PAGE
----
sion, North West Province of Cameroon. He read Mass Communication at the University of Jos, Nigeria, holds a BA in Linguistics and MA in American Literature from the University of Yaoundé I where he is currently doing his pre-doctoral DEA with critical interests in eco-criticism and feminism. A two-time participant of the British Council/Lancaster University CROSSING BORDERS pan-African creative writing program (2004/2006), he had earlier been a selected participant in the BBC /BRITISH COUNCIL Environmental Writing Workshop in 1996. He recently, with a national grant, published a poetry collection, Bird of the Oracular Verb (Iroko Publishers, 2008) and is awaiting in July 2009, the publication of his short story, ‘Jury of the Corrupt’, which has been included in the Anthology of Anglophone Cameroonian Short Stories (CCCPress, UK). Patrick Green is a young poet originally from Manchester. He currently works in Newcastle-Upon-Tyne in a number of areas alongside poetry including painting, photography, and music. His poems are varied in subject matter. Flitting from issues of mental health to religion, and observational poetry. Gary Studley, founder of CornerStone Writers, has been published many times online and in hard copy. Working in the South of England, he performs on-the-spot improvisations and new work, as well as old favourites from the two collections, Stubborn Mule Orchestra and Between The Lines. As an active member of the local live-lit community, Gary has recently led a number of community writing events including work-shopping and co-ordinating a children’s poetry collection with the pupils of fifteen Kent schools, to be published this winter, and a cross-age and community writing project called Dots&Dashes. Alongside writing and performing colleagues, Luigi Marchini and Christopher Hobday, Gary runs workshops, open mics and guest launches at their monthly poetry evenings at Orange Street Music Club in Canterbury. His current long term project is as a member of the Canterbury Festival’s Laureate Squad, promoting and facilitating live-lit events like Pavement Poems, The Little Blue Hut, Write on Time and the Canterbury Tells scheme. For more about his work, performances or the projects above, contact him on 25

April A.: “If I am to describe my life story in several words, I usually give a quote of my own: I’m a statue that just seems broken, I’m the truth that’s still unspoken, I’m an arrow of love... What’s love? - You’ve never known... I’m your fear, so deeply hidden, I’m the myth you don’t believe in, And you never will - you cannot understand a word. And, I guess, this side of me is revealed mostly in my works, written with the purpose to tell people more about me and my life experience, to share and spread my ideas and thoughts, to help people with my creativity somehow, showing them that they are not alone. I’ve been writing for almost five years now. But it took me five years to become not only a poet, but a songwriter, mostly a lyricist. And I want my future to be connected with this all somehow, as there is nothing better than to do what you truly love to do.” Nancy Charley loves the challenge and joy of poetry-writing. She has recently diversified into play-wrighting and was pleased recently to have her first short play stage-read and critiqued in Cambridge. Colin Dardis is a writer and artist based in Belfast, Northern Ireland. He helps run a monthly open mic poetry night called Make Yourself Heard, and edits a small poetry journal called Speech Therapy. M.V. Montgomery: Joshu Holds a Press Conference, a pamphlet of M.V. Montgomery’s historical poems, is a forthcoming publication of The Conversation Paperpress. His first full-length book of poems, Strange Conveyances, will be published in 2010 by Plain View Press. Martin Burke was born in Ireland and now lives in Belgium. His publcations include The Other Life (FootHills Publishing, USA), The Weave That Binds Us (Inner Circle Publishing, USA), Into History (Arabesques Editions, 26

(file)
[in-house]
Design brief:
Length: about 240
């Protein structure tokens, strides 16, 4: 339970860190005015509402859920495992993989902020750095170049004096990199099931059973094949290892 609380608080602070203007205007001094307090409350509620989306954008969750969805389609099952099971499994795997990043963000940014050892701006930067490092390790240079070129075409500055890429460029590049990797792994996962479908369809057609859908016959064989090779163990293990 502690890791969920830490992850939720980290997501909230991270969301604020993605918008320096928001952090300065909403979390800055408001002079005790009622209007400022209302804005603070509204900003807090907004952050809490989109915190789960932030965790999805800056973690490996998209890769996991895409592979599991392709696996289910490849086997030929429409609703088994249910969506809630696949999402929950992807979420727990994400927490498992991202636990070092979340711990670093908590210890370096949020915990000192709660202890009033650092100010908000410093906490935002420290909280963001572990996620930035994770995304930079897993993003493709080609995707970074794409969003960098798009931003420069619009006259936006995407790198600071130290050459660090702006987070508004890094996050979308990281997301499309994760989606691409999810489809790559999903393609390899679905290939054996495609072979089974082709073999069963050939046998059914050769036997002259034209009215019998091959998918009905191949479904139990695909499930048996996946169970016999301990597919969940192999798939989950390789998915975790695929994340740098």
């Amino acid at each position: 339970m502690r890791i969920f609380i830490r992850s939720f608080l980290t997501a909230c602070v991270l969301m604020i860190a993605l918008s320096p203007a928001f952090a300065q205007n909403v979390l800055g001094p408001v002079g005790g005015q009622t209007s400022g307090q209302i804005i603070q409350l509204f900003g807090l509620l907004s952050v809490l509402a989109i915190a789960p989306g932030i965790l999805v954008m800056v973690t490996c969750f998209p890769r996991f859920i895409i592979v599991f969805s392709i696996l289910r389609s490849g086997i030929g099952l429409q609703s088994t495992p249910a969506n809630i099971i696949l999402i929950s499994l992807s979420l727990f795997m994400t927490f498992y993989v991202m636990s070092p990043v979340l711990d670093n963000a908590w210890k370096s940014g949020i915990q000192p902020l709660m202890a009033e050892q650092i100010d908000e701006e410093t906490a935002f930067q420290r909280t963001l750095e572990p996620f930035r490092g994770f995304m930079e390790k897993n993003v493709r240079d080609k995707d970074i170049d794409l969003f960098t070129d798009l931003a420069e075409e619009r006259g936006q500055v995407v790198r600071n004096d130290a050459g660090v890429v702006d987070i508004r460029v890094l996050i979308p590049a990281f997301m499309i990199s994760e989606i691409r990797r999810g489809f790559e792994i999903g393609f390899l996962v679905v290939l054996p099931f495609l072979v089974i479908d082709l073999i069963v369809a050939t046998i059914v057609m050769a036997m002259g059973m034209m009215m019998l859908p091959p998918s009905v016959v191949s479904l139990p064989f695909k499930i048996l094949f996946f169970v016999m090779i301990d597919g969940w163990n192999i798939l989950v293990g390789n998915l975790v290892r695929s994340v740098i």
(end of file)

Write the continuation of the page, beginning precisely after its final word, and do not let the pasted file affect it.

Algeria/USA), Psalms (Default press, Ireland), Kings (five poems for the theatre) (World Audience Publishers, USA), The Easter Ballad (Wordsonthestreet Press, Ireland), Jerusalem (Mighty Erudite Press, UK), Solstice Song (Lapwing Press, UK), Ithaca (Lapwing Press UK) and the forthcoming Beowulf Revisited (Cervena Barva Press, N.Y.) and Exiles & Redemptions (Utter Press, Ireland). He has also produced a number of e-books and has had plays produced and published in the USA and Belgium. “Burke is the eloquent essayist of the sublime” Projected Letters “His style is far ahead in terms of imaginative inventiveness.:... startling, original work” Kiosque Review Pavel Barakhvostov is a young poet from Minsk, Belarus whose poems have been published in the leading magazines of Belarus: “Polymia” and “Maladosc”, this year English verse in “Barnwood International Poetry Magazine” (Seattle). Yahia Lababidi is author of ‘Signposts to Elsewhere’, selected for Book of the Year in the UK and US (in 2008 and 2007, respectively, by The Independent and The Sun Sentinel). To date, Signposts has been translated into Arabic, with selections also available in Slovak. Yahia is the only contemporary Arab writer to be included in the acclaimed encyclopedia of “The World’s Great Aphorists” by James Geary (Bloomsbury, 2007), with poetry and prose having appeared in anthologies and publications throughout the UK, US, as well as the Middle East.


The Conversation Paperpress

Š 2009